Make the right decisions about fundamental building components
The understanding and enthusiasm for high performance buildings is gathering momentum. More and more homeowners are understanding that the Building Code is inadequate and that their new build should perform like a superstar, not just look like one.
This is good. And this enthusiasm is creating new problems, like I talked about in my recent rant that called for an end to “cargo-cult architecture”. We now have more than 40 architects and architectural designers in New Zealand who are certified as Passive House designers or consultants. But many more are looking to improve the performance of the buildings they design. Sometimes their best intentions are ineffectual: they cost the client lots more money but deliver very little additional performance benefit. Or, they introduce a whole new set of problems: sure it’s warm in winter, but the house is an uninhabitable oven in summer.
I often see the push for better thermal performance coming from the client. They want better-than-Code performance. There are various suppliers keen to tell them about their excellent products. But as one person told me recently, “I’m buying all this stuff and I don’t have anyone putting all the pieces together.”
There is relentless attention on how much extra it costs to build to Passive House performance. It’s very unfortunate that some clients are spending as much as certified Passive House performance would cost but getting nothing like that much benefit. In these cases, intentions are good but decisions are misguided, due to inexperience or lack of training . (If you haven’t read that cargo-cult article, please go read it now.)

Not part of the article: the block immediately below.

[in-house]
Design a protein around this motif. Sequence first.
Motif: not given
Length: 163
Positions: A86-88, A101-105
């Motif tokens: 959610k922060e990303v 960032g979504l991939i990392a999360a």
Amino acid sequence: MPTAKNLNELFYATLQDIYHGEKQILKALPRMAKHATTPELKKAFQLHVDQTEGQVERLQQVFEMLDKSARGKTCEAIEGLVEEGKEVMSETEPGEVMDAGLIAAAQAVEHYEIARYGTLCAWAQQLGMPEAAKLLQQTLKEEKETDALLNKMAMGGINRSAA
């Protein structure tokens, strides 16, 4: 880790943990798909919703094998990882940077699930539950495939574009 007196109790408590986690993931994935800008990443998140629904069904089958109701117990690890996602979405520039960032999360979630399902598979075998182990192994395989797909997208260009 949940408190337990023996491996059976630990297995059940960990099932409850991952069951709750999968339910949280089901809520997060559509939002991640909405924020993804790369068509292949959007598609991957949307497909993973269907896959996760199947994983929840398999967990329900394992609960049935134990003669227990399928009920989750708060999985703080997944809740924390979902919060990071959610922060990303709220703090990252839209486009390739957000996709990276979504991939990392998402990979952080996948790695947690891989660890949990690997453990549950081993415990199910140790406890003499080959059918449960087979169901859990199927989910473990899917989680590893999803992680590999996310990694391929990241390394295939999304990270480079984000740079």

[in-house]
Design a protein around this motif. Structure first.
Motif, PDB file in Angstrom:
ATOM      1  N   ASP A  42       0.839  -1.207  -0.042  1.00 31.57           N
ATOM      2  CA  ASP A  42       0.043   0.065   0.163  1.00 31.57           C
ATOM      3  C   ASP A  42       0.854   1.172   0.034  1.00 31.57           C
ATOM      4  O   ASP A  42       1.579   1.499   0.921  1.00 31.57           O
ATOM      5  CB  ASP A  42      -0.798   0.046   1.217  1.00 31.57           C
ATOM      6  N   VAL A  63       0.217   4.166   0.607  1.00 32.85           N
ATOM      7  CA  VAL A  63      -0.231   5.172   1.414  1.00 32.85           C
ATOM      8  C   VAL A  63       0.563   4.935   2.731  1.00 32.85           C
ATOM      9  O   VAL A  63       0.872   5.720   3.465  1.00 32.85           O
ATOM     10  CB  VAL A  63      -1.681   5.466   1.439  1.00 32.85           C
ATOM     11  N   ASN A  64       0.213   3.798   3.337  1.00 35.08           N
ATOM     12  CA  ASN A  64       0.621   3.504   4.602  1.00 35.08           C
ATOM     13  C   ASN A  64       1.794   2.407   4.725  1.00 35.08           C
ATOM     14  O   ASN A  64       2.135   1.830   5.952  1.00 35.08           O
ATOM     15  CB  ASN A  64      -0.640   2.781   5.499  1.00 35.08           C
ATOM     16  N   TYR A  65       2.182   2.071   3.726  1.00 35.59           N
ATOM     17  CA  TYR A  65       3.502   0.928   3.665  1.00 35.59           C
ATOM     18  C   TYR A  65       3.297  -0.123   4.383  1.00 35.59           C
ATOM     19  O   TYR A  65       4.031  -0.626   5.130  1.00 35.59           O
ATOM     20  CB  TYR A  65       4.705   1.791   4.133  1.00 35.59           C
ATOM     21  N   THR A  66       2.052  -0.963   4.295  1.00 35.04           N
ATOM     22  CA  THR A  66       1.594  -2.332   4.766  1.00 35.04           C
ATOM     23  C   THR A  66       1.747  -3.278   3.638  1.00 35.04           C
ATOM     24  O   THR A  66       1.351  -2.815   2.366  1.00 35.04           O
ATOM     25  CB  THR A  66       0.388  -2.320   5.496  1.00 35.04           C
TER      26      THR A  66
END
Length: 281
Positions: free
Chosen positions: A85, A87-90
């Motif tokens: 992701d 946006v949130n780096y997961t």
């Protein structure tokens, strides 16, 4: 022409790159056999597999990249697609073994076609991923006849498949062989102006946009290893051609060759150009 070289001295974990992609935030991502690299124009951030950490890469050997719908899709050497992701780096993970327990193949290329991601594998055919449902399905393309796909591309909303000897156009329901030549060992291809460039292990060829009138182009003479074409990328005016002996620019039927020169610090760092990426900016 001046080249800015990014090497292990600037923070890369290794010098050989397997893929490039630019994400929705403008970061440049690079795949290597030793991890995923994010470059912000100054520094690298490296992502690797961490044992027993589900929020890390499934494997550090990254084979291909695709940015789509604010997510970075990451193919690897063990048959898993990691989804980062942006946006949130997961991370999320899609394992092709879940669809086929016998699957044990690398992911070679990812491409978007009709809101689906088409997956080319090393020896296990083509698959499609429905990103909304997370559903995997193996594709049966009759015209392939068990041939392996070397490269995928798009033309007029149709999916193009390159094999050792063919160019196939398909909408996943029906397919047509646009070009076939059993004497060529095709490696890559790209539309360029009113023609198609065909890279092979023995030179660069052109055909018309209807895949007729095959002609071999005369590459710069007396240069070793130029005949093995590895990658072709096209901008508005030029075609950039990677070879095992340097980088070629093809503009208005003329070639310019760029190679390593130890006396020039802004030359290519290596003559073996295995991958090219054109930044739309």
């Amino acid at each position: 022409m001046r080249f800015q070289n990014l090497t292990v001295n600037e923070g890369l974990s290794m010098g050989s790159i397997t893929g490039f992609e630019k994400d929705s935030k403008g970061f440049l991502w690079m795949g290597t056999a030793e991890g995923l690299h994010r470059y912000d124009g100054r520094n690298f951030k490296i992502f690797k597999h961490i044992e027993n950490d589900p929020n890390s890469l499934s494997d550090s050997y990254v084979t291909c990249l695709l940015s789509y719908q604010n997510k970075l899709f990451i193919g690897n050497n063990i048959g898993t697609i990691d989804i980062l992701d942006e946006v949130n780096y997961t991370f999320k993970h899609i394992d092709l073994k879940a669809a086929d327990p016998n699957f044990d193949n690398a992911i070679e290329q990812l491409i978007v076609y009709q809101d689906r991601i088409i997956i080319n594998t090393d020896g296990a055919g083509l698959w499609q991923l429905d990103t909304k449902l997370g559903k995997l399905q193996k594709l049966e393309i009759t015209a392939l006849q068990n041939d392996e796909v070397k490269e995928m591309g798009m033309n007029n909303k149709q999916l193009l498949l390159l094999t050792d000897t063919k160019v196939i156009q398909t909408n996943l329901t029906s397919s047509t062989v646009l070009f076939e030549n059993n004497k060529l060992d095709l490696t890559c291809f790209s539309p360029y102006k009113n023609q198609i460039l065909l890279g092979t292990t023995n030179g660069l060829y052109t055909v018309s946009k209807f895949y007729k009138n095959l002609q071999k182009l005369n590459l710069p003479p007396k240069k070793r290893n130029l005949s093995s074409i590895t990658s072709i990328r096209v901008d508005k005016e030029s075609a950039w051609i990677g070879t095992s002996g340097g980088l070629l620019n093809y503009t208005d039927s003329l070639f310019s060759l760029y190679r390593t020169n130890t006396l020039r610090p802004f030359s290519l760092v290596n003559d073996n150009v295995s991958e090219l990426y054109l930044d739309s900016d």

As this business gets busier, I’ve been hiring and training staff, systematising what we offer and working out how to explain it. This series of articles—you’re reading Part I of IV*—is an attempt to do that. I’m going to explain what we call the Initial Design phase. You don’t have to hire us to do this, but understand the work involved and make sure someone is doing it. Someone qualified, someone independent.
Here’s what we contribute during the Initial Design phase (it’s the first of four; some clients hire us for this first stage only). We review the architectural plans (floor plans, elevations and site shading) and model it using several different types of software. This modelling is crucial. Individual suppliers can tell you about what their bit of the house does (windows, wall assemblies, insulation etc etc) but someone must check how all the different components work together. Modelling makes it possible to predict how the overall building will perform—before it is built. It is always cheaper to fix problems on paper compared to on the building site!
We take into account specific details about your climate. My book goes into the inadequacy of three official climate zones for a country that spans such latitude and elevation. Passive House modelling uses 19 different zones, giving much more accurate results. Here’s good news for people building in Auckland (or Northland): it really doesn’t take much to get your build up to Passive House standard. Double-glazing is almost always sufficient (it’s required by the Code anyway) and it’s entirely suitable to use a traditional timber frame that every builder in the country is familiar with constructing. In those mild climates, you don’t need to modify that wall assembly very much to achieve a whole lot better level of performance. But you can’t expect someone trying to sell you complex wall assemblies or joinery to tell you that.
The Initial Design review will give you confidence that the building will perform to your expectations, whether you’re the architect or the client. Often it is the client who hires us but some architects are also calling us in. If they do not have Passive House training, we can be the nerds that run the numbers and give them some hard data to back up or direct their choices. The report we write will highlight any issues, outline how to mitigate them, advise on mechanical ventilation with heat recovery (MVHR) and provide helpful graphs that make it easy to see how different products will perform. (MVHR, by the way, is not a nice-to-have extra: even Building Code minimum houses need ventilation systems.)